In Timothy Salow’s agriculture class, some new classmates have joined, and they’re not like the others. Twenty-five baby chickens have been introduced to the class to be studied this semester.
Through Future Farmers of America (FFA) and Townline Hatcheries, these chickens were brought to Stockbridge along with hundreds of other agriculture classes across the country. This breed, called a Ross 708, are meat birds designed specifically for learning opportunities for students in agriculture classes and similar classes, as well as competition.
After 3 weeks, the chickens have doubled, perhaps even tripled, in size, and have started growing in their adult feathers. They are on the right track for proper growth and maturity. This development to our plot will benefit agriculture greatly so the poultry can be shown at competition.
“We will raise them for about 7 weeks, get them plumped up and then take them to competition in November.” Kalysta Connolly, a student in the class, said.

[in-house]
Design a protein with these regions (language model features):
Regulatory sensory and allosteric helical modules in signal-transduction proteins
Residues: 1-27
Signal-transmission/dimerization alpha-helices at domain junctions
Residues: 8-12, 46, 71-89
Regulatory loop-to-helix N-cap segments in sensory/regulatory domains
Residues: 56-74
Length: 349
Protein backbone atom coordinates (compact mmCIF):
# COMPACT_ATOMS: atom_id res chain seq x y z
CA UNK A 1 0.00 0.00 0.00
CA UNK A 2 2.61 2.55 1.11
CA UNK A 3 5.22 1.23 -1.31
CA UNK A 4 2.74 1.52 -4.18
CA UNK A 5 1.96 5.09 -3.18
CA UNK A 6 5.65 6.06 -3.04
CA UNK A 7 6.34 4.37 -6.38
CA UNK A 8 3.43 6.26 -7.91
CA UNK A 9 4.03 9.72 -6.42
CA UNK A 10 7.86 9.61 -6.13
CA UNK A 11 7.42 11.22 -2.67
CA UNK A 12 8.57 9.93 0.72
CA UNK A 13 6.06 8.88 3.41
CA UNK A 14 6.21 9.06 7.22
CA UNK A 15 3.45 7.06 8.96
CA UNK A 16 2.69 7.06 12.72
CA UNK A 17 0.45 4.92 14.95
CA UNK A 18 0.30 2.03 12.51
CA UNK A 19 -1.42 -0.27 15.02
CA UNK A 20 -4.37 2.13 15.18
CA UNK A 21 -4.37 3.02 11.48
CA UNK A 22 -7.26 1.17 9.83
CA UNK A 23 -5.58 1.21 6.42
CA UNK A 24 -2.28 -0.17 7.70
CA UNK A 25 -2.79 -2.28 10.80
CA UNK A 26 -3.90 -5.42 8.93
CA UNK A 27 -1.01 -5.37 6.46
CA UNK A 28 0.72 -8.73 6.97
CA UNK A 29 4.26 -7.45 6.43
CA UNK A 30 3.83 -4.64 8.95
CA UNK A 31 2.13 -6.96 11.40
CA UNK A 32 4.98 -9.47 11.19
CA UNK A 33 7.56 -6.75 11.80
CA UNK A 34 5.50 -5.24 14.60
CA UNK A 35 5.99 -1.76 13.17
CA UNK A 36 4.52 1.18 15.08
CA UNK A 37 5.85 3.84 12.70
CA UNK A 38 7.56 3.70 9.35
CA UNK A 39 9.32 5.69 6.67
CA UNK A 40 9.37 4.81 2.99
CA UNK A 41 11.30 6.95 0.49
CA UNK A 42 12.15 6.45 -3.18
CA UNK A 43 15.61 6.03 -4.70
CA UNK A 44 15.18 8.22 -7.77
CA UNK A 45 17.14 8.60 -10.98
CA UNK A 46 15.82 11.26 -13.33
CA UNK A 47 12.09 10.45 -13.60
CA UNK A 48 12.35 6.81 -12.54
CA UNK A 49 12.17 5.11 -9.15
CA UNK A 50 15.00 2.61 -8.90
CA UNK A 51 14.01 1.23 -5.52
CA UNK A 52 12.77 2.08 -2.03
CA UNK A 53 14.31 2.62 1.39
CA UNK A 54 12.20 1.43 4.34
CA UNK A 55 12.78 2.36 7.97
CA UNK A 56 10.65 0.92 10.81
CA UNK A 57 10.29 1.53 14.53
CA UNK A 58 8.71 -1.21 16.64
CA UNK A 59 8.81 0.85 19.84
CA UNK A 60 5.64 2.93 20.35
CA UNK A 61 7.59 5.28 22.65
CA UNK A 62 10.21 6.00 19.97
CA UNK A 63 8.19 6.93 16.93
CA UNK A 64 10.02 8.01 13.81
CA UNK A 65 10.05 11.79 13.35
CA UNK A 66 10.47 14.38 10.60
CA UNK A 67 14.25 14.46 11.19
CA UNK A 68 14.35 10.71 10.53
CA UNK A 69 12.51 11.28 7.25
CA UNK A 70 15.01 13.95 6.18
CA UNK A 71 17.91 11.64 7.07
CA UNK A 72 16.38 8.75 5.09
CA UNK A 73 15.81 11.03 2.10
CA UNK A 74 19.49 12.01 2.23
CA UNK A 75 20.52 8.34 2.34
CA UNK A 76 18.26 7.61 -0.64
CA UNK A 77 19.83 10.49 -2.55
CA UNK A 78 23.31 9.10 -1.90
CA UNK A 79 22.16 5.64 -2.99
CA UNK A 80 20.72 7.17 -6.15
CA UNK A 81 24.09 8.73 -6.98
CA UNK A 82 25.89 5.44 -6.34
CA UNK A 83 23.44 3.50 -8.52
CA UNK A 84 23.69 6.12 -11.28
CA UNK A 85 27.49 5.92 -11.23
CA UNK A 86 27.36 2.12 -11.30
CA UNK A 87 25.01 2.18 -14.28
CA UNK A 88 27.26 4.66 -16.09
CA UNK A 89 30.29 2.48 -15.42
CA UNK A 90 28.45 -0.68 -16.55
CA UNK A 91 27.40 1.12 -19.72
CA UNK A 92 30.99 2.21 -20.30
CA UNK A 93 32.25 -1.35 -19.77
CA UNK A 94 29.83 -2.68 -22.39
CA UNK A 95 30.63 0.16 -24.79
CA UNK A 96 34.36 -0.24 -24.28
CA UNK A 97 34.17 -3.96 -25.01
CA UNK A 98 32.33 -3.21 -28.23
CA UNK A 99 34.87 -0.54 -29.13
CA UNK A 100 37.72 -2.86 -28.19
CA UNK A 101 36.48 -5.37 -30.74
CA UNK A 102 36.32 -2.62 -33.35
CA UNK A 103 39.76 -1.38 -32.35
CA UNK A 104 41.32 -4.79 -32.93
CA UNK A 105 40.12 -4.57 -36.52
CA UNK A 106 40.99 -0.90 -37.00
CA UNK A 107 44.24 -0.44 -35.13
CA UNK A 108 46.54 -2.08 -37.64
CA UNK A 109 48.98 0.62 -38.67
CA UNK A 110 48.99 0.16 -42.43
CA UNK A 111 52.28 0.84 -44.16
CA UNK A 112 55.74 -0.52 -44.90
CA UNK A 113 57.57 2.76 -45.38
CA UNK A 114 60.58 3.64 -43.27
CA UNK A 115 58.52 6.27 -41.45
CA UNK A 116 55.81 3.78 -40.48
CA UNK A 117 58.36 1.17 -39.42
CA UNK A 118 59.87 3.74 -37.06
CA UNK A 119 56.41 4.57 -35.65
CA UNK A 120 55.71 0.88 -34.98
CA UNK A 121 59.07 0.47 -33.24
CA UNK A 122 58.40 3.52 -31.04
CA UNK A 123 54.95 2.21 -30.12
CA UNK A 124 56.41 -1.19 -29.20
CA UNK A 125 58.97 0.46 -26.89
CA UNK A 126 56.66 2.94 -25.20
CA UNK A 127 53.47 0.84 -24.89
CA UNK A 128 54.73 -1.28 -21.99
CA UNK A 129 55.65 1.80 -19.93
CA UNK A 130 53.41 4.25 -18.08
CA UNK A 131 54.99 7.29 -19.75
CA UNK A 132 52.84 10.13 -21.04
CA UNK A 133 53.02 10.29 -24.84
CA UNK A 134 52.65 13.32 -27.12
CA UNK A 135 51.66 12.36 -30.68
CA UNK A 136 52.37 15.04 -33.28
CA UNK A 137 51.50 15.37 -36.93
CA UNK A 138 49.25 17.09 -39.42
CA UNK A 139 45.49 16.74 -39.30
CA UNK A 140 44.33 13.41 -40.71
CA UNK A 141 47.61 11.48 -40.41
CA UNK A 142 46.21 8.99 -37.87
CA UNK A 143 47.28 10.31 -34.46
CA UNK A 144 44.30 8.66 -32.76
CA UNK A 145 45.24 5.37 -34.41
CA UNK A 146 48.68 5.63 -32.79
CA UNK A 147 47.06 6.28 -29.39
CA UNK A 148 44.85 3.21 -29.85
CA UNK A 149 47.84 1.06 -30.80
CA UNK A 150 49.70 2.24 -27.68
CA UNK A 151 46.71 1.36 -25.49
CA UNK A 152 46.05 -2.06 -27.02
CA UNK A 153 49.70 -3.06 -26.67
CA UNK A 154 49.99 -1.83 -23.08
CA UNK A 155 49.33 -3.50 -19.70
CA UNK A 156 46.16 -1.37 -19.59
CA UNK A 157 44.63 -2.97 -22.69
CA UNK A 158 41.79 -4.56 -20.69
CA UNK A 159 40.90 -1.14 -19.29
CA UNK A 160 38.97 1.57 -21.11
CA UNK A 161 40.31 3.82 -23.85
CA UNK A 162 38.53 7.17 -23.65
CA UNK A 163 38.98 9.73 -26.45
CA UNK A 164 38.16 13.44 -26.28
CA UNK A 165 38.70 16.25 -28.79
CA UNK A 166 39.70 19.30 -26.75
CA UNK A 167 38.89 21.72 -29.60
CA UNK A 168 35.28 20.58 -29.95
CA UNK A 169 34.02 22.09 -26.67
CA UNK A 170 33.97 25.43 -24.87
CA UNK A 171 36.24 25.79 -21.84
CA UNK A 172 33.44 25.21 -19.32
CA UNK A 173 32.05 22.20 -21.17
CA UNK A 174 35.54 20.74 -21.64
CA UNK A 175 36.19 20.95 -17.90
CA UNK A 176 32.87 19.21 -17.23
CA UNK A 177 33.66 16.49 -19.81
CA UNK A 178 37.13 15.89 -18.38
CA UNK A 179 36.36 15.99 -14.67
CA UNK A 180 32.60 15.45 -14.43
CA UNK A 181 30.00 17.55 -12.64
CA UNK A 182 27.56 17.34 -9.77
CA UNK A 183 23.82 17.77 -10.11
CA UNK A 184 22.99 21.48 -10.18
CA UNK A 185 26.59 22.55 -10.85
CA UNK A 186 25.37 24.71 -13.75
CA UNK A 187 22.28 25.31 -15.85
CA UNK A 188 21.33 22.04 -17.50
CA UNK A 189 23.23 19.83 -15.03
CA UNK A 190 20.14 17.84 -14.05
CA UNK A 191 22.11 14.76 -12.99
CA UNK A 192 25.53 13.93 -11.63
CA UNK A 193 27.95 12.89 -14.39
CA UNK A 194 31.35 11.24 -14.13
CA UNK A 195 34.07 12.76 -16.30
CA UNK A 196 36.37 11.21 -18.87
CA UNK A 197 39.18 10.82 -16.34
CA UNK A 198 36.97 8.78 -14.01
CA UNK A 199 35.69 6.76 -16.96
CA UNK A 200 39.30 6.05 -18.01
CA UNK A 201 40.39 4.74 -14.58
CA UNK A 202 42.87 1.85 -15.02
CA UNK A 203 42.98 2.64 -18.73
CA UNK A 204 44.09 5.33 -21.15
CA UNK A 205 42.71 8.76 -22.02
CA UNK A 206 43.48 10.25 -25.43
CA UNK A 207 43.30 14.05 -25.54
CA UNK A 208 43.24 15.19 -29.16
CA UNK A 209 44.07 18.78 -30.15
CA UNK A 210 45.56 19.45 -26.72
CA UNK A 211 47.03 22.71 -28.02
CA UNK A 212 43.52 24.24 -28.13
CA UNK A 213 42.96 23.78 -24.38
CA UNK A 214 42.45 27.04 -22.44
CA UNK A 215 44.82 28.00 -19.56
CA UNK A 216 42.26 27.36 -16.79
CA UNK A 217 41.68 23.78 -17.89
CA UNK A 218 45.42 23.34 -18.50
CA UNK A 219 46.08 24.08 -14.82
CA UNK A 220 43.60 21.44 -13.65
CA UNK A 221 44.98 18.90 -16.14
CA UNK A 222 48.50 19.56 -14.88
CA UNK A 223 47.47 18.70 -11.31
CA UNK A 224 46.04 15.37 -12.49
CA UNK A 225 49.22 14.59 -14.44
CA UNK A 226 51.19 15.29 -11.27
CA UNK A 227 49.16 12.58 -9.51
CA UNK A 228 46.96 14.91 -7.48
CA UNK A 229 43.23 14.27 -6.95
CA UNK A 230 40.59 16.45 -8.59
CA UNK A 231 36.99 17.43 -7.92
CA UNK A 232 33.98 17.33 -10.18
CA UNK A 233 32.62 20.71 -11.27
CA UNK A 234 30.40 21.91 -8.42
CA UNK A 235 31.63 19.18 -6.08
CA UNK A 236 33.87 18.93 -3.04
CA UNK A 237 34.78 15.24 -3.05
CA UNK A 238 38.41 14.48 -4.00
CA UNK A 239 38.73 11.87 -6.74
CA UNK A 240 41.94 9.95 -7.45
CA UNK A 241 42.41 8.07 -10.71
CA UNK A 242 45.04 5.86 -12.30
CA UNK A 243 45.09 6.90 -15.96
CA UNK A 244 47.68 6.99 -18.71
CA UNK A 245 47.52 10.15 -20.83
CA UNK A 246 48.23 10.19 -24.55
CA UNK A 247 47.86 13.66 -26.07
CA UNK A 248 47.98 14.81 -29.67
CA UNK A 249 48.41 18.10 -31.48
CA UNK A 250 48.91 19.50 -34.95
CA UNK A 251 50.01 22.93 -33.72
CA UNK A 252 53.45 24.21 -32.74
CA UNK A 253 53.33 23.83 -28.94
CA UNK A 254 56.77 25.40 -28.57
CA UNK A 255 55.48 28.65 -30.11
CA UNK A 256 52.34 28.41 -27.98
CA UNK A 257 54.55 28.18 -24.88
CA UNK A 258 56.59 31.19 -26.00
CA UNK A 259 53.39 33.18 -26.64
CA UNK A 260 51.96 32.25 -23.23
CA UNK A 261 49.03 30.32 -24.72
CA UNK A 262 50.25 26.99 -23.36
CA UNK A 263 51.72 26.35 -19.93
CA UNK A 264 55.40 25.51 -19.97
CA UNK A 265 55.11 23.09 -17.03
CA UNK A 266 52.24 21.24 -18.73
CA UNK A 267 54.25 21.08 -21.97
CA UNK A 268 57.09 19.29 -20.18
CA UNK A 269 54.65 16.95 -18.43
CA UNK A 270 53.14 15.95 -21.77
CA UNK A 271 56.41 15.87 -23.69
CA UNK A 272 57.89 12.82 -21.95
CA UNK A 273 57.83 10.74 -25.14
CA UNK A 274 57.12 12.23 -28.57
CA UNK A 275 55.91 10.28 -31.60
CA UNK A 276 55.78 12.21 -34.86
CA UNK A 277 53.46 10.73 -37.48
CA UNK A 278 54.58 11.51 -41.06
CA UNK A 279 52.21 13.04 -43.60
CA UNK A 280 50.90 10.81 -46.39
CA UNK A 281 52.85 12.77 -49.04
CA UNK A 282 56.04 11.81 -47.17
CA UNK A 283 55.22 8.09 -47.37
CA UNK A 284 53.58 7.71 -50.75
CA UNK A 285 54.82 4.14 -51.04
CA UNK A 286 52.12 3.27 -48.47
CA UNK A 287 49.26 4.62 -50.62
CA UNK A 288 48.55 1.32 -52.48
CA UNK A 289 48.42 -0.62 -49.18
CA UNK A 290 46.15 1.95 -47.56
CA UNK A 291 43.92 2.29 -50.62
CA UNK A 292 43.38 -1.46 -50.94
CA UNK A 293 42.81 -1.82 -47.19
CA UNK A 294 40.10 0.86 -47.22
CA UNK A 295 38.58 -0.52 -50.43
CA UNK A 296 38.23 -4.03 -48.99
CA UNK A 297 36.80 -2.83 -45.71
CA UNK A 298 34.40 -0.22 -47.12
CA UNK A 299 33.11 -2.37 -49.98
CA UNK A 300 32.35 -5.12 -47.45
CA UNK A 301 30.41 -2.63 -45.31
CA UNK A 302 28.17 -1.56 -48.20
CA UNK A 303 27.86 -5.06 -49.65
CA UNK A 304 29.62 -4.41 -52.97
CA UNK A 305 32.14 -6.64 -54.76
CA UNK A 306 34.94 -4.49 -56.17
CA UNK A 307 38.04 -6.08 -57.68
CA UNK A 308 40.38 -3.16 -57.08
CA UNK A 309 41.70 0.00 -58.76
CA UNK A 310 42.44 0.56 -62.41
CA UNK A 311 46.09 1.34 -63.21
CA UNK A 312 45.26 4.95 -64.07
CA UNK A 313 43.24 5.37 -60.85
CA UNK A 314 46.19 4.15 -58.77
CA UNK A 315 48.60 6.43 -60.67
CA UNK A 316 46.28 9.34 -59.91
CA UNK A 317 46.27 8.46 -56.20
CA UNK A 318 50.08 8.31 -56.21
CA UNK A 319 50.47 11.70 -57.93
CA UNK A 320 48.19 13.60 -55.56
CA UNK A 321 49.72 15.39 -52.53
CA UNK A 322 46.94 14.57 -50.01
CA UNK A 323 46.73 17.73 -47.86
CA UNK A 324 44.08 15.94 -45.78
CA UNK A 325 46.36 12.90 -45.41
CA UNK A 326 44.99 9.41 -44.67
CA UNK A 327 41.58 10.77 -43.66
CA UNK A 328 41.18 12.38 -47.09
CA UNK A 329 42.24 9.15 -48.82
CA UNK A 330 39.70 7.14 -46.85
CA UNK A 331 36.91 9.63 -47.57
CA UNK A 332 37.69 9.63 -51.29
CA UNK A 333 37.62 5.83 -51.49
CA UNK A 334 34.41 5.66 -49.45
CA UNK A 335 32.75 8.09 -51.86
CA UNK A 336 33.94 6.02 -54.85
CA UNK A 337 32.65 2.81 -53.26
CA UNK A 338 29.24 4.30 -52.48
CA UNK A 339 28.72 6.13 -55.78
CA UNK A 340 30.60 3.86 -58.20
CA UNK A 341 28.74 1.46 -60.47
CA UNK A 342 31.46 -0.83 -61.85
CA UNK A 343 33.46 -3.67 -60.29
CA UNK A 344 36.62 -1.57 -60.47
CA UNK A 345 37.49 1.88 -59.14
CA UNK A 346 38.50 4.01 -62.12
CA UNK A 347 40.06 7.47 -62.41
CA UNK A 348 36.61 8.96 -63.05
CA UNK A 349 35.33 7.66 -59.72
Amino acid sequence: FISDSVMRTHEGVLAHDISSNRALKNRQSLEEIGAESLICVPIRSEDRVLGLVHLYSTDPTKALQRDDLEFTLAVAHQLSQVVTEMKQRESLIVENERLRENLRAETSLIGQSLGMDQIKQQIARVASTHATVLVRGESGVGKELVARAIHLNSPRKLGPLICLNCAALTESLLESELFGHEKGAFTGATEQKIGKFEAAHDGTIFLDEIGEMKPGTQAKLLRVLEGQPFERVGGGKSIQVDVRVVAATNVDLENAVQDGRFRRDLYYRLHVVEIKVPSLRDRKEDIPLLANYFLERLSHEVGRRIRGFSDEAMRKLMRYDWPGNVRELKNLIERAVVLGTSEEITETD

The chickens, which will be staying at the student’s houses for routine care, will be the biggest project of this semester. Students will learn about how to care for poultry, monitoring their growth and development, and learning about their anatomy and physiology.
“They provide us with all of the biological functions to have, so they have circulatory, respiration, nervous system, disease, care, nutrition, and handling,” Salow said.
Chickens, given that they grow quickly, should be fully grown by the time the semester ends. “Chickens are a very short project, so it’s easy to do in school,” Salow said. “They’re about a 7 week turnaround.” This experience allows students to study the entire growth cycle of the chickens.
Uncaged will be reporting more on this story as they begin to fly the coop.